“The spiritual then, is the spirit of the people struggling to be free; it is their religion, their source of strength in a time of trouble.”[50] It’s important to note that what the slaves sang in their spirituals was a reflection of their surroundings. Without planning to and without knowing what they were doing, the slaves were expressing in song all that they believed religiously within the social and historical contexts in which they lived. The result was a music that became a valuable source for understanding the theology of the slaves. Costen explains that the gatherings in the “invisible institution” were the foundation for the subsequent African American “visible institutions” of congregations, denominations, schools, burial associations, fraternal orders, and so on.[51] Costen also shows the development of the Black religion and theology as one wrought out of circumstances and survival. She says that “in an effort to find freedom and understanding, traditional beliefs and practices, Christian beliefs and practices, and the reality of existence merged.”[52]


     [1] James C. Cone, The Spirituals and the Blues: An Interpretation (Westport, CT: Greenwood Press Publishers, 1972), 37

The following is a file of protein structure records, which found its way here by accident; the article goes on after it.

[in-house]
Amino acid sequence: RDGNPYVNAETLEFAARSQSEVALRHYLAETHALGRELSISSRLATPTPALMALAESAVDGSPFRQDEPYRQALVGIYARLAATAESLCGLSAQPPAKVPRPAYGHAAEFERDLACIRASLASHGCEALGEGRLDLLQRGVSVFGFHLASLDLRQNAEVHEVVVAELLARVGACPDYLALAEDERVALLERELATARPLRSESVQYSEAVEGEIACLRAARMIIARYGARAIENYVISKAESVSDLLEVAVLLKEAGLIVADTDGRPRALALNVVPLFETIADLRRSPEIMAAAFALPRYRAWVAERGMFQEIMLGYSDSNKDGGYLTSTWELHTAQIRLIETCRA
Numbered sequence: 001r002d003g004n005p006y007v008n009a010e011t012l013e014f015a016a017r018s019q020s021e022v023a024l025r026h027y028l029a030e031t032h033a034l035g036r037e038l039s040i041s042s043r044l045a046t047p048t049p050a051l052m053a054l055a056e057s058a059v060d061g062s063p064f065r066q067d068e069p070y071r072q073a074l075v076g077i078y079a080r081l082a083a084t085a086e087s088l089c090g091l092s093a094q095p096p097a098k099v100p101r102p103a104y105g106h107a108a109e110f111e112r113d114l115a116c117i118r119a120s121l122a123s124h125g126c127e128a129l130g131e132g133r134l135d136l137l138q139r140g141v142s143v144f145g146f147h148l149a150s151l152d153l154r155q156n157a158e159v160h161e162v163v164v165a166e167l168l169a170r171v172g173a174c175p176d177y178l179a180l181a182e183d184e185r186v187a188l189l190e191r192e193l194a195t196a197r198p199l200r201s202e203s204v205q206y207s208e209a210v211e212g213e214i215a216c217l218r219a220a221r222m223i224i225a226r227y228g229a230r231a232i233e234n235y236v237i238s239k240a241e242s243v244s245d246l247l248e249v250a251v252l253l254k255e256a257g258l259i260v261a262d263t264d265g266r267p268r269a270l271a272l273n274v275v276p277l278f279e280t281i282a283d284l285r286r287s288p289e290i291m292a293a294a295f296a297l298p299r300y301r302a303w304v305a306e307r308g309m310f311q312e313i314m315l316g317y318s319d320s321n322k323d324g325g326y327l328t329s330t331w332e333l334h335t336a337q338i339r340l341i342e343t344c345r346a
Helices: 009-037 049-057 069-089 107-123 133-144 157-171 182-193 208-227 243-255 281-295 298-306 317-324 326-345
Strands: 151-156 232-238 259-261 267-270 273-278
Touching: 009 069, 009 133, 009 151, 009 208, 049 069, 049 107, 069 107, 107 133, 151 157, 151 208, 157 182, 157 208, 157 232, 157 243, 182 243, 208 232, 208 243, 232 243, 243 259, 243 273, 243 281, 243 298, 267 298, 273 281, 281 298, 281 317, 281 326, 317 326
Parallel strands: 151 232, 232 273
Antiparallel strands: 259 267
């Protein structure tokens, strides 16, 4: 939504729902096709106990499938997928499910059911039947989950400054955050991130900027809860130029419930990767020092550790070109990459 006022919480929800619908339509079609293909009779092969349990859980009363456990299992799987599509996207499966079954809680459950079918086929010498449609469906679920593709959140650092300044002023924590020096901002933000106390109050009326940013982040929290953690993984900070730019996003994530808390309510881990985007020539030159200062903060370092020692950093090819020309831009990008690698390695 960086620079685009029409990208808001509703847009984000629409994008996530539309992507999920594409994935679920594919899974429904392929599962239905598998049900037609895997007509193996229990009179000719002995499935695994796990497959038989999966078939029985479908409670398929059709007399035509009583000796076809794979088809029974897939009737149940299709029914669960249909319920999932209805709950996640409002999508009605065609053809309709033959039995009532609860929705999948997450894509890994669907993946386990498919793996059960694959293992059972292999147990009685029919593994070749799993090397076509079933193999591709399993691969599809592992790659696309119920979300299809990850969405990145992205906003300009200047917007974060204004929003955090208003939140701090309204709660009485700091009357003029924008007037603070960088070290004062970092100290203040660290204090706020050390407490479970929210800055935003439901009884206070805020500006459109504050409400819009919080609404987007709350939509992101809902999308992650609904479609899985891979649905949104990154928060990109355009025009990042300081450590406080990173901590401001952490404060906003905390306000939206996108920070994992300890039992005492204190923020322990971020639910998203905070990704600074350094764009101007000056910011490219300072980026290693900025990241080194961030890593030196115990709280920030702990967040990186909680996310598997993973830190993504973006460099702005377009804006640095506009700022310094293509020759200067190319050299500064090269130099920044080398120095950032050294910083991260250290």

[2] Ibid., 37

     [3] Ibid., 38

     [4] Ibid., 36

     [5] Ibid., 38

     [6] James C. Cone, The Spirituals and the Blues: An Interpretation (Westport, CT: Greenwood Press Publishers, 1972), 38

     [7]Ibid., 41.

     [8] Ibid., 41

     [9] Ibid., 41

     [10] James C. Cone, The Spirituals and the Blues: An Interpretation (Westport, CT: Greenwood Press Publishers, 1972), 44

     [11]Ibid., 44.

     [12] Ibid. 44

     [13] Emmanuel Goatley, Were You There? (New York: Orbis Books, 1996), 49.

     [14] Franklin E. Frazier, The Negro Church in America (New York: Schocken Books, 1963), 12.

     [15] James  C. Cone, The Spirituals and the Blues: An Interpretation (Westport, CT: Greenwood Press Publishers, 1972), 54-55.

     [16] James C. Cone, The Spirituals and the Blues: An Interpretation (Westport, CT: Greenwood Press Publishers, 1972), 55.

     [17] Ibid., 56

     [18] Ibid., 56-57

     [19] Diana L. Hayes, Forged In the Fiery Furnace (New York: Orbis Books, 2012), 82.

     [20] Diana L. Hayes, Forged In the Fiery Furnace (New York: Orbis Books, 2012), 82., 72.

     [21] Peter Randolph, “Plantation Churches: Visible and Invisible,” African American Religious History: Documentary Witness, ed. Milton C. Sernet (London: Duke University Press, 1999), 68.